The USGA has made clear the main thrust behind its groove rule is limiting players' ability out of the rough.
The USGA's recent proposal to "further clarify" its condition of competition on grooves comes with a powerful -- albeit unstated -- message to equipment manufacturers who think they can design their way around the groove rule: Stop now.
Although the notice contained several technical aspects, perhaps its most ominous wording came in a couple of simple sentences. "Manufacturers are reminded of the intent of the new groove regulations as stated in the February 27, 2007 Notice to Manufacturers: The objective of this change is to limit the effectiveness of grooves on shots from the rough to the effect of a traditional V-groove design."
So what does that mean? Let's say a pro hits a 90-yard shot out of the rough with a current wedge and generates 10,000 rpms of spin and that spin would be reduced to 5,000 or 6,000 with the proposed 2010 groove. Then along comes a wedge design that incorporates a groove that conforms to the new USGA standard, but produces 7,000 to 8,000 rpms of spin from the same condition. The USGA will not deem such a club conforming, despite it meeting the technical threshold of the rule.
"We are trying to make it crystal clear that the rule was intended to return the grooves' effectiveness on shots from the rough to that of traditional V-grooves," says Dick Rugge, senior technical director of the USGA. "That's an important factor. It was our clear intent. We developed a number of helpful provisions in the rule for manufacturers. These provisions are not meant to be ways to get around the intent of the rule. If we chose to look the other way in these areas, we wouldn't be upholding our responsibility."
But while Rugge sees it as upholding the USGA's responsibility, some manufacturers view it as something entirely else.
"It's like moving the goal line just as someone is about to score a touchdown," says Michele Szynal, spokeswoman for Callaway Golf, who added the company had products ready to show its tour players starting in August so they could be ready for their January 2010 deadline. "It's our job to maximize golf club performance within the written rules. That's pretty tough to do when the rules change monthly."
"It is not a rule, it is a process to control the future," says Benoit Vincent, chief technical officer for TaylorMade. "It's like the adjustability rule. The USGA said submit your adjustability and we will tell you if it's OK. I said 'That's not a rule. That's submit your stuff and if we see something we don't like we will rule even further.' If it's outside what they have studied and what they know, then they will rule against it. So what they are doing here with grooves is typical of what they do."
Not that the USGA argues Vincent's point. Rugge says, "You can't always be predictive of what someone might come up with" and admits, "We've seen some sophisticated designs in the patent literature, and these [designs] are not what we had in mind." One of those patents may have been patent # 2409-014316, application 6A1, filed Sept. 25, 2008 by Bridgestone Sports, a design that included shoulder notches added to each side of the groove at angles of less than 60 degrees. Imagine that instead of a U-shaped groove, the tops of each groove would angle away from the walls of the groove, rather than staying parallel. According to the patent, that angle would increase spin while adhering to the 2010 guidelines for groove spacing and "cross-sectional area." The change the USGA announced on Monday stipulates "the wall of the groove must be substantially 'plain' and 'planar' " and "would disallow features such as bends, indentations in or protrusions from the [groove] wall."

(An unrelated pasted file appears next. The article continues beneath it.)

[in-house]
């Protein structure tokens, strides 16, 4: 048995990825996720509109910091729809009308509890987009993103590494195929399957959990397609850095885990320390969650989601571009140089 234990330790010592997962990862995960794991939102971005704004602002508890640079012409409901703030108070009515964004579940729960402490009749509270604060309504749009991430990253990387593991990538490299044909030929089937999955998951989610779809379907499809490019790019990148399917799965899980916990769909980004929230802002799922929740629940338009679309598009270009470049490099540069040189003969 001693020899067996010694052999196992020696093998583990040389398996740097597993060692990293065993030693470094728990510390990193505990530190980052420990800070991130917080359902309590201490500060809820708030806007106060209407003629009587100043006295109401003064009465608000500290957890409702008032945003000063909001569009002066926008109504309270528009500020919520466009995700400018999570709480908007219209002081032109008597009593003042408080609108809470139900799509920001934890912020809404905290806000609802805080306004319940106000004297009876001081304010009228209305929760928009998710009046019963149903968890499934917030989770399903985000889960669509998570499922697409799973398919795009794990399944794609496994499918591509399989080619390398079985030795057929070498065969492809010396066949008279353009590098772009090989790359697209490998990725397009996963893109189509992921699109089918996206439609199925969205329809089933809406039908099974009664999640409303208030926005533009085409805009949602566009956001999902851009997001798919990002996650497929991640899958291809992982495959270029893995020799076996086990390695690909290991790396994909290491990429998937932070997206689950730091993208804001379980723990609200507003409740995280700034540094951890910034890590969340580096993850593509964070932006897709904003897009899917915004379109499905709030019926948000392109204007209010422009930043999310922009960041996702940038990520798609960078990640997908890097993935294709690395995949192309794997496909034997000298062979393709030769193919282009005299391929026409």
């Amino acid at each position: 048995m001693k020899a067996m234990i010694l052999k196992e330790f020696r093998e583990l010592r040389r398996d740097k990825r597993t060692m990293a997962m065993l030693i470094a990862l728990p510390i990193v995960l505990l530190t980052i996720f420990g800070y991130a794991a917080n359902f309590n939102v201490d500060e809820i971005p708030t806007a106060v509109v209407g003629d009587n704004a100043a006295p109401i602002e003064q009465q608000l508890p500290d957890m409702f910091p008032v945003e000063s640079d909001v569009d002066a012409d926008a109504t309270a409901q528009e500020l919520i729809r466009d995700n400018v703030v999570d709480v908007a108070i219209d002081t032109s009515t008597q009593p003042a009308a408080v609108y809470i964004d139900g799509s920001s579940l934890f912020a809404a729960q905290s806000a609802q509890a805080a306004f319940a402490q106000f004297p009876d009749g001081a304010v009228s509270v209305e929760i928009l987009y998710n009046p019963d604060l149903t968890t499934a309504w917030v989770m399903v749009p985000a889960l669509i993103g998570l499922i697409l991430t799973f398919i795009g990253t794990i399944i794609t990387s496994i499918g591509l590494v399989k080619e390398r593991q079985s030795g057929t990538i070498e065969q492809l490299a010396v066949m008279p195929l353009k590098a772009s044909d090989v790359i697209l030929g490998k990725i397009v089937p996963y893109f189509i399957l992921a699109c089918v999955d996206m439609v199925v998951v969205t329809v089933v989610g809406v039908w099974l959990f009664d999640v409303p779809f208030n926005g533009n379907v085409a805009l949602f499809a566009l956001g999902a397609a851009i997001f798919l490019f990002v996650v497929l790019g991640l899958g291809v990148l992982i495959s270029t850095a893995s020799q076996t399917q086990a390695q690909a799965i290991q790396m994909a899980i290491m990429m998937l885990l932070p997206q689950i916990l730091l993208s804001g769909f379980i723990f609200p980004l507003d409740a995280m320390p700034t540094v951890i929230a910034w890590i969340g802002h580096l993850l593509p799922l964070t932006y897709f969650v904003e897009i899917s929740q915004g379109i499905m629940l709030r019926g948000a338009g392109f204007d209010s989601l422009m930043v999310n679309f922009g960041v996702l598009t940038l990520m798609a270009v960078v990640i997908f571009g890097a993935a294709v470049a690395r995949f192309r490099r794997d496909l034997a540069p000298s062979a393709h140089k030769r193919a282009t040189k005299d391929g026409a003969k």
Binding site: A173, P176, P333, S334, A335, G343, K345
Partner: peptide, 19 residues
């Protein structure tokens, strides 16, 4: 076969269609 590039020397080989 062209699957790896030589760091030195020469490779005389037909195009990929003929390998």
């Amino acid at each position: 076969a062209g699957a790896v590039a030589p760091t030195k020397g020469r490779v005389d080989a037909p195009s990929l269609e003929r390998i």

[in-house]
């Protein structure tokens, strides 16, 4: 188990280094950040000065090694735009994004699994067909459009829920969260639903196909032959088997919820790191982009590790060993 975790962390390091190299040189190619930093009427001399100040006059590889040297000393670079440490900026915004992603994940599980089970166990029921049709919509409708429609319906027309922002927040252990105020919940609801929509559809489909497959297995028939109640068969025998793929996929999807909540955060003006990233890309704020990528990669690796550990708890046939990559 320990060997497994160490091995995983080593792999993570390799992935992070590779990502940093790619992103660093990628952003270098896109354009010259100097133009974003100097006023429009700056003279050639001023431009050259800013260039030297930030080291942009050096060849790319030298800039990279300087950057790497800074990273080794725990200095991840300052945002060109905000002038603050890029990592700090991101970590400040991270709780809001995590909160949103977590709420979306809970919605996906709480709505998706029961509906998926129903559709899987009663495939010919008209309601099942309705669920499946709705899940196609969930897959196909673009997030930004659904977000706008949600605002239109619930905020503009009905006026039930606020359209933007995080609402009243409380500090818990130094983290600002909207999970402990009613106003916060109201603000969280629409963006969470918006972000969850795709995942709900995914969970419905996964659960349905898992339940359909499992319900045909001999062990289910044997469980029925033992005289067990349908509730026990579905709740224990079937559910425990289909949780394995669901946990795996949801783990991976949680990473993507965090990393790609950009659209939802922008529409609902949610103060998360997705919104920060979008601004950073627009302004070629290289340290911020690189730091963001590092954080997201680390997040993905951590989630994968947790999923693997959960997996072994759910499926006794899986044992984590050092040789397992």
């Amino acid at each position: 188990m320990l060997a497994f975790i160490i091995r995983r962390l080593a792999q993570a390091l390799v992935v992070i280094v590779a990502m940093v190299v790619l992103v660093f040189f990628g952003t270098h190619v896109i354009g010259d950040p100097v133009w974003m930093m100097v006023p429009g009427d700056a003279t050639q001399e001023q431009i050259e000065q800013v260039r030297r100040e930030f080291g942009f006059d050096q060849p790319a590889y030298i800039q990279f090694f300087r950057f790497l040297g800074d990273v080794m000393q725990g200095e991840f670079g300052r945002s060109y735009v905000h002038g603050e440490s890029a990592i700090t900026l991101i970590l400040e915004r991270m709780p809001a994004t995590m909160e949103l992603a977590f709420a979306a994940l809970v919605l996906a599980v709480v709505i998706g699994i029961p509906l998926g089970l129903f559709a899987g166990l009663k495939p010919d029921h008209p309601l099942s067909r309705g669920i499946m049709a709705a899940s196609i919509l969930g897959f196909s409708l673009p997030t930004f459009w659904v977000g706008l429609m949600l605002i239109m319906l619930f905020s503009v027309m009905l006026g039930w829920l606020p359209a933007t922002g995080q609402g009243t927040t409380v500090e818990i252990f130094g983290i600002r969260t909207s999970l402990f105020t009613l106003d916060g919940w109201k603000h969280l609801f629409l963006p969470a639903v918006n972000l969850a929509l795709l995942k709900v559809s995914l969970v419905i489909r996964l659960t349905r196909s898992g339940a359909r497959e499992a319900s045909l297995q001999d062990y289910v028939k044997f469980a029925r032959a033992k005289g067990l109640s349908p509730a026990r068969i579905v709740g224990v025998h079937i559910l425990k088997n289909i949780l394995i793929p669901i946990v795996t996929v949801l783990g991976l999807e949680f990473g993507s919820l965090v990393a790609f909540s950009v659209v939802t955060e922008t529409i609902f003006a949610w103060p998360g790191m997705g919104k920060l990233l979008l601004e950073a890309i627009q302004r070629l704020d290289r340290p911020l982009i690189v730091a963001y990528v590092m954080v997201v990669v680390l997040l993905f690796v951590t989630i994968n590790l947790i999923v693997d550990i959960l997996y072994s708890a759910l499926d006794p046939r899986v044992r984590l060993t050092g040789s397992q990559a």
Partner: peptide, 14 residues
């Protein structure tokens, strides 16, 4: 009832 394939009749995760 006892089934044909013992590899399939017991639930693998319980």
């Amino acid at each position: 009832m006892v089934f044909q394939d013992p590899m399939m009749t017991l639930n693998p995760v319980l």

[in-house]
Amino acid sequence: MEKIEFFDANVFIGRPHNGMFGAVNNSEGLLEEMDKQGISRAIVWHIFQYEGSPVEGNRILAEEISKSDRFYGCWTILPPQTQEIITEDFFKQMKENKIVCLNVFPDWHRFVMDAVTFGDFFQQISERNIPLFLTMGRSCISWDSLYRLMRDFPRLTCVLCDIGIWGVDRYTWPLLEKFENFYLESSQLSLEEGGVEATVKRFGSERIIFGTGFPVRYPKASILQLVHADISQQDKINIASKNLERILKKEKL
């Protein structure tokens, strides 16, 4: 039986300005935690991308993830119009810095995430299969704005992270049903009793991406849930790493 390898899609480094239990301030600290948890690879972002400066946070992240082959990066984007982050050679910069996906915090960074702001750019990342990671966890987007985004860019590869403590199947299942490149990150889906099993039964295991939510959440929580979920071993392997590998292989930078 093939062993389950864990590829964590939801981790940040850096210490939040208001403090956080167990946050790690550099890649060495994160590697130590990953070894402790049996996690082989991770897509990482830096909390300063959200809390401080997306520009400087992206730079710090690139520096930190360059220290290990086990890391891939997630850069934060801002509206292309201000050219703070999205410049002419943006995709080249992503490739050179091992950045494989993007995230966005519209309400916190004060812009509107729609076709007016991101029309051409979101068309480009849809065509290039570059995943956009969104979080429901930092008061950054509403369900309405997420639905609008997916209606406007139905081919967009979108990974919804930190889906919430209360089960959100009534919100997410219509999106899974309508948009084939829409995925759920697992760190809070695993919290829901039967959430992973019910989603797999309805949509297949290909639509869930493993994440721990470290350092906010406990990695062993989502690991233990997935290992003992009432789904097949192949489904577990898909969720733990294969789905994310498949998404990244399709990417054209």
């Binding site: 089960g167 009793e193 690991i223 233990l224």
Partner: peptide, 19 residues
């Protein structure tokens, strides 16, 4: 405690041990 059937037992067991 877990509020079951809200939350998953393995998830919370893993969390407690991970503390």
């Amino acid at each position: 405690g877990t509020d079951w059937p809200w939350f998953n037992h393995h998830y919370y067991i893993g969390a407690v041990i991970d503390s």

So given that, will there ever be another significant innovation in groove design in the history of golf? Vincent thinks there still is room. "It's the same thing as a patent," he says. "Does a patent mean there will be no more product created? No. There are millions of ways to design around patents. There is no way to regulate life with rules. That's a fantasy. Every ruling organization thinks they have everything under control. Until something comes along that they haven't thought about and then they have to do another rule. They are trying to do their best effort in their current knowledge to slow down innovation. Is it going to last forever? No chance. They will have to rule again, several times in fact, over the next few decades if they want to continue to slow down innovation. But that's OK. They want to slow down innovation. I give them that. They will slow down the progress of fast and significant advancements. But to stop it entirely is a fantasy. It is impossible."
Perhaps. But the USGA has an ally -- at least in this instance -- in that although the rule presents specific geometry that needs to be adhered to, there is no hard and fast limit on spin, making it a guessing game for manufacturers and allowing the USGA additional leeway. "We don't have a spin threshold for evaluating grooves," says Rugge. "Maybe we should, but we don't."
Which confuses Vincent. "You look at the spirit of the rule, it is a geometry-driven ruling," he says. "They quantified the geometry. Why would you do all of that to define the geometry if you're going to turn around and say, 'Oh no, it's not about the geometry, it's about the spin.' Now it's true, they do re-state what the intent is, but there are no specifics. All the specifications are around geometry."
But despite manufacturers concerns, Vincent sounded perhaps the most important sound of all -- one bordering on resignation of the reality.
"You can be as mad as you want at them, [but] they always win," he says.